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I know there are heaps of thread asking what hardware suits best for the home edition of Sophos XG. However I think my requirements are a little different. Most threads ask for the cheapest, least power consuming units. I rather go for the most powerful one to max out the limitations of 4 cpus and 6gb of RAM.
Currently I am running Sophos XG on an ESXI Server with E3-1265L V2. The Appliance got 4 vCPUs and 5GB of RAM.
I have about 40 live users (serveral servers, pc's and IOT devices) in average, Mainly clientless users. I run 5 Vlans and about 15 Firewall Rules. I already deactivated some Firewall feature in order to push the CPU load average below 4. Currently the average is around 3.5 with regular peaks over 4 which apparently leads to CPU Queuing.
Since used RAM is around 50%, I believe the virtual CPU Power is just not sufficient for my purposes. Of course I know that vCPUs perform worse than bare metal.
Therefore, I am looking for a fanless/silent barebone/mini pc with 4 NIC and a 4 Core CPU with enough power. Furthermore it should be possible to have 6GB of RAM (probably 8GB with 2 GB unused).
I read a lot about the Celerons J1900 as recommodations but I assume that couldn't be enough for my setup.
What CPU do you recommend and is there a nice ready to use barebone suiting these needs? I saw some Jetway units which could be a good option. e.g. https://www.minipc.de/catalog/il/2289
thx and Best
That Celeron 3855U/3955U CPU is only a dual core. And while the J1900 is a quad core it doesn't support AES-NI.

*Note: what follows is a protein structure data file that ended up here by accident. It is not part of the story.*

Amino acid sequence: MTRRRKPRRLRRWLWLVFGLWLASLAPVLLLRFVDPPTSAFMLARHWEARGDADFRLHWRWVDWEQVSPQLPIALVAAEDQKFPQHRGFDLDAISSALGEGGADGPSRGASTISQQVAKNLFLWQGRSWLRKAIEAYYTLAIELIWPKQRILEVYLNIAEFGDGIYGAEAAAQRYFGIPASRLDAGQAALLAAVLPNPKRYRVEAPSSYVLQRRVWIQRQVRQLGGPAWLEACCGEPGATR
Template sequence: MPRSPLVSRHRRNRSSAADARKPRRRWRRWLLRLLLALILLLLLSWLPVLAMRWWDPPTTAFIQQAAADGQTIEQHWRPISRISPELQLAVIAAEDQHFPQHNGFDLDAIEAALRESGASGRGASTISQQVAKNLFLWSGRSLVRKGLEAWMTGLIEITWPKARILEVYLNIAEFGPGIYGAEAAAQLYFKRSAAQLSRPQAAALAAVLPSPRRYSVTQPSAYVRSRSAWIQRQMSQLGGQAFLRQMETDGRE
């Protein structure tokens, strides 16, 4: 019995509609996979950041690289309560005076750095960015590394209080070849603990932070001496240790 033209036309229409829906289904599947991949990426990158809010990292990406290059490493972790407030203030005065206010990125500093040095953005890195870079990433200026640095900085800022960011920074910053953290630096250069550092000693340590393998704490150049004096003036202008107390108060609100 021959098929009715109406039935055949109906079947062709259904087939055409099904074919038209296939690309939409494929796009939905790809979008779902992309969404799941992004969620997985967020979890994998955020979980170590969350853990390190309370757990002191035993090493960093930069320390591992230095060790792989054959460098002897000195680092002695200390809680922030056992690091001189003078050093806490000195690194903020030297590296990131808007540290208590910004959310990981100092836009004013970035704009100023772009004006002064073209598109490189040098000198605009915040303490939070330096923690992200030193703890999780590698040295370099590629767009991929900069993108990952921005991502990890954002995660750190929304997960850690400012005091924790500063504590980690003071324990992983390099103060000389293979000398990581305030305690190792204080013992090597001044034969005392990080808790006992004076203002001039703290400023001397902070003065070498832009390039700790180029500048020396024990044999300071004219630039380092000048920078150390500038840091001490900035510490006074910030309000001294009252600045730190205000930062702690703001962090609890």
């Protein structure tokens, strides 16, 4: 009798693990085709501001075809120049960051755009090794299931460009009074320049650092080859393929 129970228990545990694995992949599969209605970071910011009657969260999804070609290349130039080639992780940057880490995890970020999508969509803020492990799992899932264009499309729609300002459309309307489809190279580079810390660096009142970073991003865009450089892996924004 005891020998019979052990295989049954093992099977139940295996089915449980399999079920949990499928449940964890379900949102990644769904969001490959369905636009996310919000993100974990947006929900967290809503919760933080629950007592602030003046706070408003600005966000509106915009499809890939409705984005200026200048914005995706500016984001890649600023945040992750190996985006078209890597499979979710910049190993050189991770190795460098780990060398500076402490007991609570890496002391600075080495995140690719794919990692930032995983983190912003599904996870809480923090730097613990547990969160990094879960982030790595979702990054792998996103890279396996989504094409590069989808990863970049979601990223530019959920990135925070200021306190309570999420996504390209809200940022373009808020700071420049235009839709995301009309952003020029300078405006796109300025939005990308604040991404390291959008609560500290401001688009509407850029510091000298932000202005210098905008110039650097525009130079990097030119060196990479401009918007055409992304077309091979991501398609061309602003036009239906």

The best option is the Qotom mini pc with either an i5 or i7 CPU.
is probably the most powerful mini PC with 4 Intel gigabit LAN ports.
Supports AES-NI, has a boost of 3GHz and has 4 Mb cache.
I'll answer a bit aside your question.
If you've got 40 users, including servers, why do you stay with home edition ? It's not the target of this edition. You should go for a real hardware UTM.
In reply to Fabien Martinet:
thanks for your replies. I forgot to mention that this is not a commercial setup. This is my home lab. :-) And while servers (virtual machines) and pc are roughly 12 devices, the rest are all kind of mobile devices, IOT etc.
Based on the sizing guide I should go for a Sophos XG 210 or 230 which is pricy and most notably needs some sort of licensing. The latter doesn't really make sense for a home lab.
The QOTOM units look pretty decent. Unfortunately I can't find a reseller in Germany. But I keep on searching.
I also found the supermicro e300-d8 which seems to be a beast. But maybe overkill concerning the limitations and the price tag.
Sophos is tight-lipped about the specs of their UTM/XG devices.
Look here....what CPU do these have, how much RAM do they have?
OK, I found the technical brief. http://dttstores.com/media/documents/sophos-xg.pdf
In reply to alan weir:
Same for most of others :)
Some clues wtih Checkpoint UTM : https://www.checkpoint.com/downloads/product-related/comparison-chart/appliance-comparison-chart.pdf
Number of cpu/core and memory but no real full spec.